NIPSCO’s coal ash ponds and a landfill at the Schahfer plant comply with existing environmental regulations, he said.
“Additionally, drinking water supplied by neighboring communities has not been previously impacted, nor is it showing impacts today as a result of this recent report,” Meyer said.
Public utilities are required to test for heavy metals and other contaminants. However, no testing is required for private wells.
Records on file with the Department of Natural Resources show there are 61 private wells within one mile of the Bailly plant and 67 in the area of the Schahfer facility.
DNR’s records may be incomplete, because the wells are registered by drillers, or out of date, Frank said.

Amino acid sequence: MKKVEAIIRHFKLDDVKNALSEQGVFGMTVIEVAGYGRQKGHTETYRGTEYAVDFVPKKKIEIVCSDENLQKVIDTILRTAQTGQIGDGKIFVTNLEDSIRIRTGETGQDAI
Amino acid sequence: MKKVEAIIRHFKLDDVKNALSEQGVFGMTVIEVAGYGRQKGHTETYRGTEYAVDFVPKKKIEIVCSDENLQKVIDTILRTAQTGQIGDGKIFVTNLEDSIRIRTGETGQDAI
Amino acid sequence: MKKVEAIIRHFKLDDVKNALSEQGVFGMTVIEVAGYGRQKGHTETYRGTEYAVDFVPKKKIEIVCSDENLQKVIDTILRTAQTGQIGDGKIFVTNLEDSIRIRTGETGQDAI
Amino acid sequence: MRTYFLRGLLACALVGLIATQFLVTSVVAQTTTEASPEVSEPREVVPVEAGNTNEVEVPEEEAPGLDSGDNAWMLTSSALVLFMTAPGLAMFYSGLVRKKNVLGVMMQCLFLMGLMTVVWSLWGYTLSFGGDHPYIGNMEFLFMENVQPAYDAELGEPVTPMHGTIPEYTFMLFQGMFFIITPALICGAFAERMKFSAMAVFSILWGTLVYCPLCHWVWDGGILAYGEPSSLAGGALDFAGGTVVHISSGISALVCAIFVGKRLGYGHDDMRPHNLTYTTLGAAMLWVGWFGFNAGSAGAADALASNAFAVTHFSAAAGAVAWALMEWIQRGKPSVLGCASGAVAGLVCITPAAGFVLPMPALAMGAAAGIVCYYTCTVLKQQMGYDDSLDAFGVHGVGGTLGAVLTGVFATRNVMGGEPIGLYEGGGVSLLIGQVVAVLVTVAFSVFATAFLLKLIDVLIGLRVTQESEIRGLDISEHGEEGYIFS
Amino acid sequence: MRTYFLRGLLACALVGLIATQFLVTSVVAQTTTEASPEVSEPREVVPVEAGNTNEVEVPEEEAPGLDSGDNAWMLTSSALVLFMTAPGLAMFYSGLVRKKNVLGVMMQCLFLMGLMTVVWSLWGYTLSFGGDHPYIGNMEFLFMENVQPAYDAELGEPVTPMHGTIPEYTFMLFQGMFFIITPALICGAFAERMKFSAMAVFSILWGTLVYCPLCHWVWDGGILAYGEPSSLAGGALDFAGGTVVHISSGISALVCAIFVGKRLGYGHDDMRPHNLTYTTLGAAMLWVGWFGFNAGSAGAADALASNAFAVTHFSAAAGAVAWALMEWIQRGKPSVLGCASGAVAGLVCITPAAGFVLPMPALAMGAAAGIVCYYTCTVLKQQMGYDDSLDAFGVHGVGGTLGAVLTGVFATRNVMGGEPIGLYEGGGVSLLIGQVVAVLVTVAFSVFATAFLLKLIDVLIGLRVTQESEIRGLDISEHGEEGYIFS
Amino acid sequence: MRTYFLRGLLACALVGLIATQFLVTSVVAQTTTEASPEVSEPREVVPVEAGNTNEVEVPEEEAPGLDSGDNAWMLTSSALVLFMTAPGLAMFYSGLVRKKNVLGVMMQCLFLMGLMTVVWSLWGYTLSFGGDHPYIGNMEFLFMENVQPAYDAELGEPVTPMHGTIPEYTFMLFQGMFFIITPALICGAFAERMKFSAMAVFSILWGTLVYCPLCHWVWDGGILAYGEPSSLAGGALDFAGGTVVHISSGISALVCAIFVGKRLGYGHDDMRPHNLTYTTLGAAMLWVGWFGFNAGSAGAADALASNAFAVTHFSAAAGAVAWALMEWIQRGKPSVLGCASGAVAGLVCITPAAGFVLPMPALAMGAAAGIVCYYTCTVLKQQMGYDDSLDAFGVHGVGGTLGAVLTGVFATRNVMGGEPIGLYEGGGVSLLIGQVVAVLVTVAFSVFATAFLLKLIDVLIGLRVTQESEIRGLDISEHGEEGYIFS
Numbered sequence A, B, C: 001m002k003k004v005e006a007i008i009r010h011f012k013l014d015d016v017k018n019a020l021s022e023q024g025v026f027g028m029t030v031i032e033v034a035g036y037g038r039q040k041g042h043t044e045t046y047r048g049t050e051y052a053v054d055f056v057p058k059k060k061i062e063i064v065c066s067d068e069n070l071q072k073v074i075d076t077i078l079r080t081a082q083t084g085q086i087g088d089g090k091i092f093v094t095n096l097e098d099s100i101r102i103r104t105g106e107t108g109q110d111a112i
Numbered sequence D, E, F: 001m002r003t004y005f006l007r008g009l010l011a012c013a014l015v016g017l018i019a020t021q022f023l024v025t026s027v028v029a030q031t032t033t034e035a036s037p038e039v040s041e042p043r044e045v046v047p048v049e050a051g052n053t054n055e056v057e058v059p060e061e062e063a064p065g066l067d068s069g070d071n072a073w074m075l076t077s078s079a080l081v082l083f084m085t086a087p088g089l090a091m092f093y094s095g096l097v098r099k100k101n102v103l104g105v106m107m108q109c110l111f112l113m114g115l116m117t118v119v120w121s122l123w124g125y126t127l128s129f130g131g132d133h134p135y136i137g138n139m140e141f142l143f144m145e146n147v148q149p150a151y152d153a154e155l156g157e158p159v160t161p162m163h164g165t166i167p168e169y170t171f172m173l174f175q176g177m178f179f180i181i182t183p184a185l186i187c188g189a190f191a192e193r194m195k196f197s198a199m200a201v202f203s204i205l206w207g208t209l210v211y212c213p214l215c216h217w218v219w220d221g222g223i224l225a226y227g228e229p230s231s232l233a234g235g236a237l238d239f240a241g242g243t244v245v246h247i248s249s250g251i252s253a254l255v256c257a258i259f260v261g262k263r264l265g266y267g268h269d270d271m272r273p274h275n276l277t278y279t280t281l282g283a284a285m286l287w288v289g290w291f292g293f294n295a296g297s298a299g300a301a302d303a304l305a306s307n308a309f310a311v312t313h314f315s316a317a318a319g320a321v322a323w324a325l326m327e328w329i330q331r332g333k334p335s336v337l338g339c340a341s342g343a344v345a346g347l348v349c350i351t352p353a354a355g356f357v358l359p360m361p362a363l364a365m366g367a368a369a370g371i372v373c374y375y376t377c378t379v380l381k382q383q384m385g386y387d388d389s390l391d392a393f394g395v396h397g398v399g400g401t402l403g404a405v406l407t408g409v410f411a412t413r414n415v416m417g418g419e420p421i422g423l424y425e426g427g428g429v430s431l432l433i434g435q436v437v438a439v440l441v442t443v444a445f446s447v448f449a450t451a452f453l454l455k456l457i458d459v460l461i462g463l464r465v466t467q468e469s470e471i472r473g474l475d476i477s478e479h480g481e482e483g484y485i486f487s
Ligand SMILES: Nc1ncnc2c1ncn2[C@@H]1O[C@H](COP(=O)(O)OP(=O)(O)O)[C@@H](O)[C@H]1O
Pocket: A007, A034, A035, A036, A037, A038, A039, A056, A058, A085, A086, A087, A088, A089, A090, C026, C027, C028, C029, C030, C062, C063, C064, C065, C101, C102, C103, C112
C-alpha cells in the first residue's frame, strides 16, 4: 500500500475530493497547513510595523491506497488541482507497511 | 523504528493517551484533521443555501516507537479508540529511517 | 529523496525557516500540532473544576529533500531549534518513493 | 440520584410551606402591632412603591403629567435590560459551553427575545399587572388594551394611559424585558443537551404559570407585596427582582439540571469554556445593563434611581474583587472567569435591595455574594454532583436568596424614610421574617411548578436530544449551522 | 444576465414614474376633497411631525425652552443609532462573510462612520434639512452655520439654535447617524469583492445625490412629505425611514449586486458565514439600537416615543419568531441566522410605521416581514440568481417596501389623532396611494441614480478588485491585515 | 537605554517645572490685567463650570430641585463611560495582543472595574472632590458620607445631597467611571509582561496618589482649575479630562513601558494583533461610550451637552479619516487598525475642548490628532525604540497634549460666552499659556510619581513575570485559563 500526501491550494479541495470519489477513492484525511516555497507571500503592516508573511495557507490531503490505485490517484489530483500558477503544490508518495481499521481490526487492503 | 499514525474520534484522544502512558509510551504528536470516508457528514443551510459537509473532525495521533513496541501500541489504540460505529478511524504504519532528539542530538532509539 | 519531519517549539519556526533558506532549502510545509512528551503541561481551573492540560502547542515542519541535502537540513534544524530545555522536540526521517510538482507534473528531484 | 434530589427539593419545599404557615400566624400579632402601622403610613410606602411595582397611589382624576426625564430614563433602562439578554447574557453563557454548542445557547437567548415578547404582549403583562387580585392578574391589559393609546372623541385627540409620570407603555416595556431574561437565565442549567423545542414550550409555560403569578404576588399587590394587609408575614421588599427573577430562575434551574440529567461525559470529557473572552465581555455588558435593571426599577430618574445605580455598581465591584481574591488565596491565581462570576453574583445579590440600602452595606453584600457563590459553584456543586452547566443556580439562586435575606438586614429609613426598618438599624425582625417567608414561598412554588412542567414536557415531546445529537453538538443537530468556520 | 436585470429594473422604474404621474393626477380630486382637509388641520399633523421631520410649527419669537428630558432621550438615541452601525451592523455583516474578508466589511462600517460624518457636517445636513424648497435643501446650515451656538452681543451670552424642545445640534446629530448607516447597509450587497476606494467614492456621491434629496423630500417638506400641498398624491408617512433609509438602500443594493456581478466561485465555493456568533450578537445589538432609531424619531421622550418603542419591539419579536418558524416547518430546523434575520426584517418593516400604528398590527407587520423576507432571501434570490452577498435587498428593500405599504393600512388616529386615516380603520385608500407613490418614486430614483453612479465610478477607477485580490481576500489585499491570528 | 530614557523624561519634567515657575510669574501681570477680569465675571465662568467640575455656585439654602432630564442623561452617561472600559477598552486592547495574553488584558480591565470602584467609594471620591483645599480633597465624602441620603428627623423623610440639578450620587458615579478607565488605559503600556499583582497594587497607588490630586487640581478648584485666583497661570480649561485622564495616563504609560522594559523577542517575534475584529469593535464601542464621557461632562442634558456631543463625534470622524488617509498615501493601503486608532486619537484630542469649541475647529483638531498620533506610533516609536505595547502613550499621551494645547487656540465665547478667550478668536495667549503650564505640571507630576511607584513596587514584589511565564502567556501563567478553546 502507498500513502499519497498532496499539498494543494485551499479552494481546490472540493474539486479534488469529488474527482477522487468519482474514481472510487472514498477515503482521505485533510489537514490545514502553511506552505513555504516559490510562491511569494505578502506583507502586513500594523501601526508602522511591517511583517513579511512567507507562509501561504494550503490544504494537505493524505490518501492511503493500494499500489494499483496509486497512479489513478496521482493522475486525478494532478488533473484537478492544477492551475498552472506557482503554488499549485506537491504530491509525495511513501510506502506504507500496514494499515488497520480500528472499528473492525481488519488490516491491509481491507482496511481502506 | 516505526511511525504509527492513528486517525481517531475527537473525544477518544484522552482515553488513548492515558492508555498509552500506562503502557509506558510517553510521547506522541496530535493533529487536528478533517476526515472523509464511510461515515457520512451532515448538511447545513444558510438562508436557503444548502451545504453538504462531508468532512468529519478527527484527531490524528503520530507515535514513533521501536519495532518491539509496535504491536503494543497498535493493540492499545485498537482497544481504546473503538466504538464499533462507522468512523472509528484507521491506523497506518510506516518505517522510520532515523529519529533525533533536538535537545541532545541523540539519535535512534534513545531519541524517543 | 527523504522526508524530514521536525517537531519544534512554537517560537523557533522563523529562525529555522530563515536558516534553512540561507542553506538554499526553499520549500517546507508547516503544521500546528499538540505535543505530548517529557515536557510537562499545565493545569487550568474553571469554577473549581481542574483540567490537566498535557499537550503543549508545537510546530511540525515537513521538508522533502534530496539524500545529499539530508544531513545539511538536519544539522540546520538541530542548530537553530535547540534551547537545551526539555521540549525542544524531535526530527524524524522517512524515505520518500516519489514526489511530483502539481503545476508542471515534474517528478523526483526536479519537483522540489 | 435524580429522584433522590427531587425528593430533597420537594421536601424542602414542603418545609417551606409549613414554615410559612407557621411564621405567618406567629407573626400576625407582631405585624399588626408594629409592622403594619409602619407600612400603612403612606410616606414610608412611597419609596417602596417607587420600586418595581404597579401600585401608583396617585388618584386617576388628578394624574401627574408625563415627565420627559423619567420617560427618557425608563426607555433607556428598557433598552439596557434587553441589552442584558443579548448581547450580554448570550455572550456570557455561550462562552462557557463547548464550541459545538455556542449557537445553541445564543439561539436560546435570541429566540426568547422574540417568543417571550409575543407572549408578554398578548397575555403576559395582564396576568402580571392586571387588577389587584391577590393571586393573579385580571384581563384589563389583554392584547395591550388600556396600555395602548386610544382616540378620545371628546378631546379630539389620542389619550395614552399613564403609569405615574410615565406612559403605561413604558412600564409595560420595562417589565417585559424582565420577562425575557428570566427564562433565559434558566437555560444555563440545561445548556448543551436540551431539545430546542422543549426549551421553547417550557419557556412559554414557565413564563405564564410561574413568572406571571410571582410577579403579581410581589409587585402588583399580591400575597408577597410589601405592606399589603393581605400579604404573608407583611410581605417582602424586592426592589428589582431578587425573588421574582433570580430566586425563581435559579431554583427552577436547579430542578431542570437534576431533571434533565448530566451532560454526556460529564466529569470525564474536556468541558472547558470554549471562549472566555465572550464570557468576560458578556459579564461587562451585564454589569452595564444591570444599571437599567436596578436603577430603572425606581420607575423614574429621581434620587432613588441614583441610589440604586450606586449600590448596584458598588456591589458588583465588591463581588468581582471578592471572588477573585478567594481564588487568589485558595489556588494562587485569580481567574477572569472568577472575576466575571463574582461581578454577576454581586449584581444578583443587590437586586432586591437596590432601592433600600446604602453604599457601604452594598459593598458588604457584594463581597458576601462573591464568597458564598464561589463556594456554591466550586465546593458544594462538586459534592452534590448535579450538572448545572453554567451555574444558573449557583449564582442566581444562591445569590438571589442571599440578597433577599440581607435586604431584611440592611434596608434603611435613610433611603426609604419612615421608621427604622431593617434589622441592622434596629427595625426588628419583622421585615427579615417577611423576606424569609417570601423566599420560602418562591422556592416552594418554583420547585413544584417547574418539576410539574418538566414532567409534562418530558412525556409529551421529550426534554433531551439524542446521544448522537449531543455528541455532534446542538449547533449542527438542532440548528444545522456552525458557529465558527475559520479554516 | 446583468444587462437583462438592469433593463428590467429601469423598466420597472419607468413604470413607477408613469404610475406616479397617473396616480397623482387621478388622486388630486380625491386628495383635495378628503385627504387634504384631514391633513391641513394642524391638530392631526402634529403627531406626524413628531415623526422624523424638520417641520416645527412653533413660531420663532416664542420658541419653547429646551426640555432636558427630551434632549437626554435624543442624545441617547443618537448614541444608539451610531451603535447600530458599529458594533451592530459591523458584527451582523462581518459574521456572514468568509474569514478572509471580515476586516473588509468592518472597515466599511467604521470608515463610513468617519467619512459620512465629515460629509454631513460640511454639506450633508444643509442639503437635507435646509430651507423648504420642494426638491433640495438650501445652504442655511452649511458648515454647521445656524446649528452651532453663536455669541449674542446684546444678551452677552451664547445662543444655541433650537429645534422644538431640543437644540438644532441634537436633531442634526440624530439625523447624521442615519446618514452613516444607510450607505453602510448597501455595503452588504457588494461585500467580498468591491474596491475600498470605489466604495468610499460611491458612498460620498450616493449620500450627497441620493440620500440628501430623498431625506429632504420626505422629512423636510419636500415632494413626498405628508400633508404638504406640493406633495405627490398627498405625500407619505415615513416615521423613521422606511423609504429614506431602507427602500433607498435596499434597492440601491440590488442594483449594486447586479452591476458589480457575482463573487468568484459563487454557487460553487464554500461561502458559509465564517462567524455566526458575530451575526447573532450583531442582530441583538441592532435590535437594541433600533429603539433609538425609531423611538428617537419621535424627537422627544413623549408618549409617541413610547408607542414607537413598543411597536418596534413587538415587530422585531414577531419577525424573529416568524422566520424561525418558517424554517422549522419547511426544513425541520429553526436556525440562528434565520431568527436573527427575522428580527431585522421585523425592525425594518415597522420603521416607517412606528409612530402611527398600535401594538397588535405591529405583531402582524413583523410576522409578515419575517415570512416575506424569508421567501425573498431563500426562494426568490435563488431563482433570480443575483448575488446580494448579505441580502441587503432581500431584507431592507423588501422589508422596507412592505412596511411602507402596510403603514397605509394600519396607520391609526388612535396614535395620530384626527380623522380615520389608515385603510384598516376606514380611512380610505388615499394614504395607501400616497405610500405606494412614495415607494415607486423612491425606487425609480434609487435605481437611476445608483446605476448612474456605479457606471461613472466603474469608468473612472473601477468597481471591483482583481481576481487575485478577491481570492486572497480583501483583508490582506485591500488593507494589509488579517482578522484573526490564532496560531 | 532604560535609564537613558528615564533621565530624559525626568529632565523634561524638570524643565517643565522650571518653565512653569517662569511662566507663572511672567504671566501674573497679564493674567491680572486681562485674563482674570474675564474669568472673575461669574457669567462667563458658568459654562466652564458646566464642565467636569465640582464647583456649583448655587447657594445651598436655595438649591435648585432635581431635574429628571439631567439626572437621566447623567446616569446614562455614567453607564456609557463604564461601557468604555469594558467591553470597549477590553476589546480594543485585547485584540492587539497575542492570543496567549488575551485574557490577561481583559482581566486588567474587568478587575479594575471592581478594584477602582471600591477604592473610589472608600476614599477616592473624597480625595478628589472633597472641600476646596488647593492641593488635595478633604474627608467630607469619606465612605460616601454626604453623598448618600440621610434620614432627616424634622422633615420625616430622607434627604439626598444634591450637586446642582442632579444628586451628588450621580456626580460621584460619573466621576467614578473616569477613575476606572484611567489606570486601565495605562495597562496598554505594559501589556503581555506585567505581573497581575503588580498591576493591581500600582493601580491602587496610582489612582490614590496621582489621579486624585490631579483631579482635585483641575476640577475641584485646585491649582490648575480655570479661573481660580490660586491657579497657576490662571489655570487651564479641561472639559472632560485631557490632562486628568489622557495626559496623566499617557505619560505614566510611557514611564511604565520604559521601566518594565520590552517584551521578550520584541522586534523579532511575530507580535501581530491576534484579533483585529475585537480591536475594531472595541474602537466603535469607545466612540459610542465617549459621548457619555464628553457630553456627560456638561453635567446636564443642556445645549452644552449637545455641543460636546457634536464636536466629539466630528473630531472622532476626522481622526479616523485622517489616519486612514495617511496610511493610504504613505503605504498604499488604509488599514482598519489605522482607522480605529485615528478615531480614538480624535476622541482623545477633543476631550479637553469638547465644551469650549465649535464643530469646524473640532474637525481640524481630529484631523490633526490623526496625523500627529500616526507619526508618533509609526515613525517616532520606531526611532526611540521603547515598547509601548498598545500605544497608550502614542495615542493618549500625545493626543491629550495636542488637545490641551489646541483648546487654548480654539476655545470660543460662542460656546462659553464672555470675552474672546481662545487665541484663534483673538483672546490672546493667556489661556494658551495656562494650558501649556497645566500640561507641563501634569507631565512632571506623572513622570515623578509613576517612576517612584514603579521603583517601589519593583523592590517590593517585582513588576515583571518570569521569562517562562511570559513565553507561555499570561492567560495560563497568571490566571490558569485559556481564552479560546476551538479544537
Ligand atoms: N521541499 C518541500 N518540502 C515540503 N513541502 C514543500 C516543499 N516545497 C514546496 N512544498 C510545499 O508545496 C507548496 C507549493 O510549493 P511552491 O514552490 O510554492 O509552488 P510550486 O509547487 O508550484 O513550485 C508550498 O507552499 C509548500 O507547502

“Some of the records go back to the '50s and '60s, and it’s possible those wells are no longer in use,” she said.
EPA rule to be rolled back?
NIPSCO released groundwater data for the three coal-fired plants March 2, one day after EPA announced it planned to roll back the Coal Combustion Residual Rule it established in 2015. The rule was intended to ensure the safe disposal of coal ash at electric generating stations across the nation.
The rule includes a number of requirements, including that utilities check groundwater under coal ash sites and issue public reports, and that states prohibit the establishment of new dumps, provide for the closing or upgrading of existing dumps, and establish compliance schedules under the Resource Recovery and Conservation Act.
NIPSCO was not required to study groundwater at its former Mitchell Generating Station in Gary, because it shuttered the facility before EPA’s coal ash rule took effect. However, groundwater monitoring at the site is ongoing as part of a RCRA order, according to the Indiana Department of Environmental Management.